Last Wednesday, I listened in on the monthly renewable energy teleconference co-sponsored by the American Council on Renewable Energy (ACORE) and the American Bar Association (ABA). This month’s topic: renewable energy credits (REC’s).
I have historically found REC’s a maddening topic. REC’s should be conceptually easy to understand, but they have a number of complexities that in actuality prevent them from being much of a factor in the real-world marketplace. The presenters provided an excellent overview of the nuances associated with REC’s:
- Inconsistent definition of REC’s among different states inhibits the ability for trade between renewable project developers/owners and “green” buyers (mandated or voluntary) beyond state borders. Thus, there are many illiquid REC markets across the U.S., rather than one possibly-liquid national REC market.
- Since REC’s compel the development of renewables, a REC is a “coupon” that is intertwined with not one but in fact several attributes simultaneously: reductions on various pollutants (CO2, NOx, SO2, particulates), and provision of energy from a permanent (as opposed to a depleting, fossil fuel) source. However, a persuasive argument can be made that the values of each of these attributes is better realized in an unbundled manner.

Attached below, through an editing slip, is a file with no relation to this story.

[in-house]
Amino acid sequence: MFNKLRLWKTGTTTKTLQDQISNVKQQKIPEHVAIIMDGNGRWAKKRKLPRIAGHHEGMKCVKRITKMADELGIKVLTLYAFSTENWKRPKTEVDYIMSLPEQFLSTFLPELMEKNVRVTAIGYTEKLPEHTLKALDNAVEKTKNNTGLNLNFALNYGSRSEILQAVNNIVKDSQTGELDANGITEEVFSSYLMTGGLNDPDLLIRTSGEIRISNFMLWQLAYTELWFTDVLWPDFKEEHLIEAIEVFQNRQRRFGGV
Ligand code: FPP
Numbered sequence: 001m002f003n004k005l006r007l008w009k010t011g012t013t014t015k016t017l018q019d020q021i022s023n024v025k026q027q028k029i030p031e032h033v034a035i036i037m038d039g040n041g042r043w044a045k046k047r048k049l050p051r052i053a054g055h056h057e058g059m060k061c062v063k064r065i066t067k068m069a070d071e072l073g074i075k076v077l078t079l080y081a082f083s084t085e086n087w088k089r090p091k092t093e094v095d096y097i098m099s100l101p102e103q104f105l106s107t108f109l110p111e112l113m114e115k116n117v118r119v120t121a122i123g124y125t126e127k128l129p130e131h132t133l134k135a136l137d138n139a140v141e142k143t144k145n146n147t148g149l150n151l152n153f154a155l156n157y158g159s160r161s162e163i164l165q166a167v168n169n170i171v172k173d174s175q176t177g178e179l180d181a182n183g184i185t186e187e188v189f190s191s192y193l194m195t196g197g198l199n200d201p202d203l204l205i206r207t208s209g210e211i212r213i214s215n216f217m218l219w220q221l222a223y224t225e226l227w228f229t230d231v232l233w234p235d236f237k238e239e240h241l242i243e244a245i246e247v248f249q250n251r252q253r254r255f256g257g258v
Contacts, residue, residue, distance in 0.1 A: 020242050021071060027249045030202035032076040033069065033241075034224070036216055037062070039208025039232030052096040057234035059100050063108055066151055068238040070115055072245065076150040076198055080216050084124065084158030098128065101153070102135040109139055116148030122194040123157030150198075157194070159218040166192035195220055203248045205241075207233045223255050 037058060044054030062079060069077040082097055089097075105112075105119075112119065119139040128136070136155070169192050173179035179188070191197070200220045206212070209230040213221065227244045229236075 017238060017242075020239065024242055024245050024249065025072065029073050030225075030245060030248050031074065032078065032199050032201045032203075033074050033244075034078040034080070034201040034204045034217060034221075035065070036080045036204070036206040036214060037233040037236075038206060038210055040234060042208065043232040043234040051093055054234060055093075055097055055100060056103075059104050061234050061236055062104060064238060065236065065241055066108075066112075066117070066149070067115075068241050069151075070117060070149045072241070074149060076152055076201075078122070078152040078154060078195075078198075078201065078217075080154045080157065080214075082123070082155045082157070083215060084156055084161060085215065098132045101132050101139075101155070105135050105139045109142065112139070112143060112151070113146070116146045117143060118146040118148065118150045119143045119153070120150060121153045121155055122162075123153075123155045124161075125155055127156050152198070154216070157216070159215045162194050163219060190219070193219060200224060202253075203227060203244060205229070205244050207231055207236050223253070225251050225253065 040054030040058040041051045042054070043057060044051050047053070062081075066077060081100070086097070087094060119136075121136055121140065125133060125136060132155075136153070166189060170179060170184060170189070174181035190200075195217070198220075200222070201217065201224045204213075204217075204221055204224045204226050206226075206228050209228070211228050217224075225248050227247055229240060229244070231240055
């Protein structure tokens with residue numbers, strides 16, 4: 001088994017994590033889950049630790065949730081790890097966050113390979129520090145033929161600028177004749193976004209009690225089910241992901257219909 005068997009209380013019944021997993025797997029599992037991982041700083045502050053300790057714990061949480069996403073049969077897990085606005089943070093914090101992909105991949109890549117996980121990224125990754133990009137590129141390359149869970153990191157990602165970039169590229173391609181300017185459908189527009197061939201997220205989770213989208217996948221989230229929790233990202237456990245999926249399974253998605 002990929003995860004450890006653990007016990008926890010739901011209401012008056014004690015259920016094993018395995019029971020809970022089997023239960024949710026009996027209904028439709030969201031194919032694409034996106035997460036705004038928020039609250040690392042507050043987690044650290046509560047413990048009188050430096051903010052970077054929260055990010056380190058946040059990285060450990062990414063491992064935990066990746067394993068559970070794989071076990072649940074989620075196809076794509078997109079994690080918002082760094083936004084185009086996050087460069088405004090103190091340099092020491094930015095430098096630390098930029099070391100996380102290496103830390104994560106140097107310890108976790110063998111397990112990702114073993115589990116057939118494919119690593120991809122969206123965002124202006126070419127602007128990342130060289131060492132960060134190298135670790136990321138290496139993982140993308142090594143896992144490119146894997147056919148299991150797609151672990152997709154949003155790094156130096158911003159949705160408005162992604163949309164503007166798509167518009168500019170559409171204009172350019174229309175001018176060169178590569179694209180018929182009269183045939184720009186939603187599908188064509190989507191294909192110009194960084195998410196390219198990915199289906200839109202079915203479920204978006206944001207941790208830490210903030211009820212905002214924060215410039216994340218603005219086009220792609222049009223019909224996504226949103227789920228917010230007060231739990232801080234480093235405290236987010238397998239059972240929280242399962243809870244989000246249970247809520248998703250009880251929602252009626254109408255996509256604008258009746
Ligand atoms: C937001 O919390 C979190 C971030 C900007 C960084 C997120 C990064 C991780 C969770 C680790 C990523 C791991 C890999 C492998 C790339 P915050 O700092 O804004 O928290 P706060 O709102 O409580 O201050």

- These attribute values change immensely depending upon the renewable resource involved and the conventional energy source displaced — which in turn varies tremendously by geography and time of day/week/month/year. Without adequate liquidity, such volatility and lack of transparency make for an unattractive market for buyers, sellers and intermediaries alike.
- The accounting and legal ownership of REC’s is very unclear, making double counting very easy. This is further complicated by the fact that the intent of REC’s is to create a market for “new” renewables that promote further reductions in emissions and fossil fuel reliance, rather than to provide a means to monetize the desirable attributes of a pre-existing renewable source (e.g., a 1950’s hydro plant).
- Because of these concerns, various parties have emerged to validate the authenticity of REC’s so that buyers know what they are buying. The fact that authenticating organizations are necessary, and are competing to set standards, is not a good sign for the future health of a traded market.
With all of these issues surrounding REC’s, it’s no wonder that they haven’t made much of a contribution to further development of renewables in the U.S. I’m not bullish about their future. The future growth of renewables will be driven more by other factors — improved relative economics of renewables, mandated purchases of renewables by states or corporations — than by the existence of these clumsy REC’s.